Paul Krugman drew a lot of heat for his 9-11 blog post in which he stated that 9-11 is a moment of shame for this country. Despite what his detractors have said (and they are not ALL on the right) he is correct. I am now 27 years old and have a vivid memory of 9-11. But what stuck with me more was seeing how it affected and infected the people around me. Even as a junior in high school, who at the time could not quite grasp the global significance of the event or the ramifications it had, I knew that something was not right.
9-11 occurred back when I was still talking to my father, near the end of our relationship. Up until that time, he had never mentioned his politics much and I had never heard him utter a ‘patriotic’ word. After 9-11 I remember him stoping at a gas station on our way to his home on one of the weekends that he had me. He must have bought 50$ worth of American flag stickers, mini flags to hang on your car, and the like. And I remember very vividly being disgusted with him; it took something this horrible for him to decide he wanted to look like Mr. America. He was going to try and win that race to the bottom to show that how much you loved your country was determined by how well you looked the part. I remember asking him why did he choose now to purchase these items? “We have to show our solidarity with everyone else in America”. I was unsure of how jumping on the I love America bandwagon was showing solidarity.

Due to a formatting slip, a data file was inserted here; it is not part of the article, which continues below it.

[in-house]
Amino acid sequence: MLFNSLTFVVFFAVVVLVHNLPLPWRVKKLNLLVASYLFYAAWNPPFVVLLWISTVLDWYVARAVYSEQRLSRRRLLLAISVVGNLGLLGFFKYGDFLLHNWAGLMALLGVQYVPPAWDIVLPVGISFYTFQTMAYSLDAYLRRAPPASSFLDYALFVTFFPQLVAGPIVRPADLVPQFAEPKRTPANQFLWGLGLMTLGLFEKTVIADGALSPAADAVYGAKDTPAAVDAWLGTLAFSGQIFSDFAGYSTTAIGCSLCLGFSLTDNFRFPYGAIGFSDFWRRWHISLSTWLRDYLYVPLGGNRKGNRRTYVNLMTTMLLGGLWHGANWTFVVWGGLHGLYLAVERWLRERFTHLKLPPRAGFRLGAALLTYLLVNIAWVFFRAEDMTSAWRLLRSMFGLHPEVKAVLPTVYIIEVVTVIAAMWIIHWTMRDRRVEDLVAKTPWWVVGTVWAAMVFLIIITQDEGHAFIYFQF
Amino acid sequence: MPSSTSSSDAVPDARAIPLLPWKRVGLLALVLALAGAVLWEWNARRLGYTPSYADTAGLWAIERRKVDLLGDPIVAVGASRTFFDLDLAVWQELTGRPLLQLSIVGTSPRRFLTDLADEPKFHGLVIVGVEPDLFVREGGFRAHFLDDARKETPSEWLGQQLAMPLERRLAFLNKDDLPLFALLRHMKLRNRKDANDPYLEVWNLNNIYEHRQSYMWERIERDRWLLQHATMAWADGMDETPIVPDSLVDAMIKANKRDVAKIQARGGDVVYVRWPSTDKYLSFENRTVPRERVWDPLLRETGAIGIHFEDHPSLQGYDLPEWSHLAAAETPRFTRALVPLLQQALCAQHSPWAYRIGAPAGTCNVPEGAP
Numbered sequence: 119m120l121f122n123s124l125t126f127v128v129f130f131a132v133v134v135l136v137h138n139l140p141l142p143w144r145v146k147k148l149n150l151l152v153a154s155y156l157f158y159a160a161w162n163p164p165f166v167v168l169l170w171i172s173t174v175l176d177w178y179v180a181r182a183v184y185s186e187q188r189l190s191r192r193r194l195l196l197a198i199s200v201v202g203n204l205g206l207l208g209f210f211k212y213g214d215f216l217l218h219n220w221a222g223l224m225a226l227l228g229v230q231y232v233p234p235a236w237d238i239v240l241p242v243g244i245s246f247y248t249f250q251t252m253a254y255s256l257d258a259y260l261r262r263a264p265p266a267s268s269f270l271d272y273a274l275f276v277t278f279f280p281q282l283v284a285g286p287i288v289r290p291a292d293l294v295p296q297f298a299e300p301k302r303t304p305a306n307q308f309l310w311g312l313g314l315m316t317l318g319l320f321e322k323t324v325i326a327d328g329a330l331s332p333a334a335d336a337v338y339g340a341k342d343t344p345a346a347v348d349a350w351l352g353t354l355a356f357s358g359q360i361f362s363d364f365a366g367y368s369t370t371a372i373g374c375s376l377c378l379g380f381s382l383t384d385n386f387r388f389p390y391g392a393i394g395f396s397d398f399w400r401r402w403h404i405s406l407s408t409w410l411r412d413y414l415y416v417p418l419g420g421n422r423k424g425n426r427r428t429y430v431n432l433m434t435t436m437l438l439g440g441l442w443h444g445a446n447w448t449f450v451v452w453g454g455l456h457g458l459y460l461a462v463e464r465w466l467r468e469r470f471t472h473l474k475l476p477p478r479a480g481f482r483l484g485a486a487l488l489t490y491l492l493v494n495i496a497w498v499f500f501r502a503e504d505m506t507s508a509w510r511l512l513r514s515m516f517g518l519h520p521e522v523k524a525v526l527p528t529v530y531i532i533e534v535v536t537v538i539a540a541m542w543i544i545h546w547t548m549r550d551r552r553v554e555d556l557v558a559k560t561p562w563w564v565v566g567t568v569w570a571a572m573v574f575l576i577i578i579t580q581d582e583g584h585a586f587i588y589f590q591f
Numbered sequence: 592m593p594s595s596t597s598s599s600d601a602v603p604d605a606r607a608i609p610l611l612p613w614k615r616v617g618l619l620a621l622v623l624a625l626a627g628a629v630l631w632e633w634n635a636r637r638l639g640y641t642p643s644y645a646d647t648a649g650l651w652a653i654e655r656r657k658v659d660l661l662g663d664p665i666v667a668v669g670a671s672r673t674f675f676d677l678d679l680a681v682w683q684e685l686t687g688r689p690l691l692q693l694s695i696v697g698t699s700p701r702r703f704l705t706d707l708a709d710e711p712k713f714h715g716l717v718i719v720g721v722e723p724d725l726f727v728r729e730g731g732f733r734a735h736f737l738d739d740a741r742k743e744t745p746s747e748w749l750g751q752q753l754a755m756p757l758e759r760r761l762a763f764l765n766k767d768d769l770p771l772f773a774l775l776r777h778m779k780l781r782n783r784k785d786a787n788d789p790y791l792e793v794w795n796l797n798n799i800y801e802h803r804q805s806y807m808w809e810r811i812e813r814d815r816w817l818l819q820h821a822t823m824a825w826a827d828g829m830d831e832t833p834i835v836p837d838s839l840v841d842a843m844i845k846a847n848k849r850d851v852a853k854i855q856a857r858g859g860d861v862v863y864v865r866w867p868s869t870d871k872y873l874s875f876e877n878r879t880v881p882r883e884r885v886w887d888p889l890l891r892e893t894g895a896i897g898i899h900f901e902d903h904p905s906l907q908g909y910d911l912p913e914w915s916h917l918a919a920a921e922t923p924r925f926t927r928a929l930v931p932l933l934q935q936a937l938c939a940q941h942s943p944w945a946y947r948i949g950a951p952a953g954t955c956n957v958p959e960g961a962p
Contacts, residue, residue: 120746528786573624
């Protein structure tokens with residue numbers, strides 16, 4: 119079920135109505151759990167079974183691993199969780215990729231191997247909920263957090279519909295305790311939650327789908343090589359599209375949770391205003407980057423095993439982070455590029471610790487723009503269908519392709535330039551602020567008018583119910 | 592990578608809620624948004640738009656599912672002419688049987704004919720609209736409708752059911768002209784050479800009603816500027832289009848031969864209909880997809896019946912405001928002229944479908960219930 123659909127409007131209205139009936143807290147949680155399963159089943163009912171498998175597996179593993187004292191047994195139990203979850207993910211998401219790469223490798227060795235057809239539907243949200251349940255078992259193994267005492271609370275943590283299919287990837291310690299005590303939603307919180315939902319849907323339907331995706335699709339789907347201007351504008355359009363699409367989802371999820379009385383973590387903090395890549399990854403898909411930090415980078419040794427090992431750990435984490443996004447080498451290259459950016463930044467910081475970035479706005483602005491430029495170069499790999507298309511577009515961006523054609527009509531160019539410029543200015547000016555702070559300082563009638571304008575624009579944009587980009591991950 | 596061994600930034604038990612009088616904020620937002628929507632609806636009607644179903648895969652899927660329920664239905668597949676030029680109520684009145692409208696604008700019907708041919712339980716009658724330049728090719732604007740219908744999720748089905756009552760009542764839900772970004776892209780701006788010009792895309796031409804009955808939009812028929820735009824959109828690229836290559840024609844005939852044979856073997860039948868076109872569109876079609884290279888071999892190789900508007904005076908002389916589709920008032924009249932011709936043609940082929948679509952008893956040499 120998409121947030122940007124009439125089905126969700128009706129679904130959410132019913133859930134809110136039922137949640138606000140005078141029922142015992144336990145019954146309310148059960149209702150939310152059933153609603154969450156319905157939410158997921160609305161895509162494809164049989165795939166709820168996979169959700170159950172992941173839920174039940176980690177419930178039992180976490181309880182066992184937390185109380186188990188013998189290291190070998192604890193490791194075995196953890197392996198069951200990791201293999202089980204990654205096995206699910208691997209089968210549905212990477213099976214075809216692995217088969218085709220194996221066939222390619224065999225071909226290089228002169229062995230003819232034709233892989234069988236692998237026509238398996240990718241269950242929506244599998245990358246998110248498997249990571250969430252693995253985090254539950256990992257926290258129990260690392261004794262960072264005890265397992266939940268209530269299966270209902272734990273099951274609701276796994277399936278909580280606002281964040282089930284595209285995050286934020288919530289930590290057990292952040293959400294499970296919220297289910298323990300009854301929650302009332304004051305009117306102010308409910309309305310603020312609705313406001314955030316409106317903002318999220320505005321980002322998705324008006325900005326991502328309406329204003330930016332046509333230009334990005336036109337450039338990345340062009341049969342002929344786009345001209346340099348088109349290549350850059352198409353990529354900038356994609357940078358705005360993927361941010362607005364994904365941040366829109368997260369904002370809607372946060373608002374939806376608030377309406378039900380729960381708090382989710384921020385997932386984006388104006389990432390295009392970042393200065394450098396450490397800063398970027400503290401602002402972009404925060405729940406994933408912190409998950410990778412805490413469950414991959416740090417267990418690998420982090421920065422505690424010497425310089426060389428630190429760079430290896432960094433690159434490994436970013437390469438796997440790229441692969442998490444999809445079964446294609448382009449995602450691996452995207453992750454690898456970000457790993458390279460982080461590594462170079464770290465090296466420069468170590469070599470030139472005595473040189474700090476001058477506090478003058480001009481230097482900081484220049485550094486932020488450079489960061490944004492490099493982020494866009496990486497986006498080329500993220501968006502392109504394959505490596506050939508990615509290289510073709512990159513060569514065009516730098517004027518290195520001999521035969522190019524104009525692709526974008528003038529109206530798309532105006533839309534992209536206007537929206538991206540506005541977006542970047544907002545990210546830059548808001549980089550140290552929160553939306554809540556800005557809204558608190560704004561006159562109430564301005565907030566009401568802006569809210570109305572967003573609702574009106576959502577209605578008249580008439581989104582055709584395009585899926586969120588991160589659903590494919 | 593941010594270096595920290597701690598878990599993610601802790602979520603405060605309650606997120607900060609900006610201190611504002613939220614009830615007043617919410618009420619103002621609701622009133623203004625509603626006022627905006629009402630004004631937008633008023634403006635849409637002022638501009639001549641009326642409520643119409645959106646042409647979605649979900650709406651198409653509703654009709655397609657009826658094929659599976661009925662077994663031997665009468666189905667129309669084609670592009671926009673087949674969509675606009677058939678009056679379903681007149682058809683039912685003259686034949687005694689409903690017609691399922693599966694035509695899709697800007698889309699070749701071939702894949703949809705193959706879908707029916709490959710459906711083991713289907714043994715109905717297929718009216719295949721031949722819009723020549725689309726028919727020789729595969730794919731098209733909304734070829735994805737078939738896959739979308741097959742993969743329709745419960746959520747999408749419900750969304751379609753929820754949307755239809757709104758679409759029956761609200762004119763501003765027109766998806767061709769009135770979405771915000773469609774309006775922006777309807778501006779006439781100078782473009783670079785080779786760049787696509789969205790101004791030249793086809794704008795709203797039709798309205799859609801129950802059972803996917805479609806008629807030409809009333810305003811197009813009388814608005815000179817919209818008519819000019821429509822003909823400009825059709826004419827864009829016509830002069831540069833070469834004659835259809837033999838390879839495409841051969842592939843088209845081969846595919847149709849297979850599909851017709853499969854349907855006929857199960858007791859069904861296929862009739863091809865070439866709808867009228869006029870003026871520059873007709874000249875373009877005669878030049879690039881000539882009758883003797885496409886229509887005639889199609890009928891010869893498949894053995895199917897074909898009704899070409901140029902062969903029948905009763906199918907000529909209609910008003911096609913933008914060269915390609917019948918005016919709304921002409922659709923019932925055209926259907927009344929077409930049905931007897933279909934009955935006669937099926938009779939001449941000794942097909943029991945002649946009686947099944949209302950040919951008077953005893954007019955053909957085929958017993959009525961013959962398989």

In the months and years that followed things began to get worse. I watched people sell ridiculous memorabilia ‘commemorating” 9-11. It was quite apparent to me even then that people were taking advantage of the situation to make a quick buck. The combination of credulous patriotism along with the capitalistic drive to make money almost any way you can had a deep impact on me (and would help shape many of my later views and opinions). I watched as the other kids in my school cafeteria cheered gleefully that we had changed the name of French Fries to Freedom Fries; because to like the cowardly French was tantamount to being a traitor. Of course they had no idea why the French did not support our invasion of Iraq on false pretenses; all they heard was our country had been attacked and someone had to pay for it and you were either with us or against us. The Bush administration used a horrific event to political gain, swaying the opinions of people like my father to abandon reason and questioning and simply support the United States no matter what.
Well I agree with Paul Krugman; it is shameful. The 10 years that have passed have shown the true nature of many people in this country. They saw 9-11 not as something horrific but as an opportunity. They saw it as a chance to ‘out american’ the people around them by buying as much crap with an American flag on it as they can without really understanding why they are doing it. Or they saw it as a chance to pass an agenda to settle old scores and push a foreign policy that will have huge blowback consequences in the future. I agree that it is shameful; and I agree with him that deep down, everyone knows it.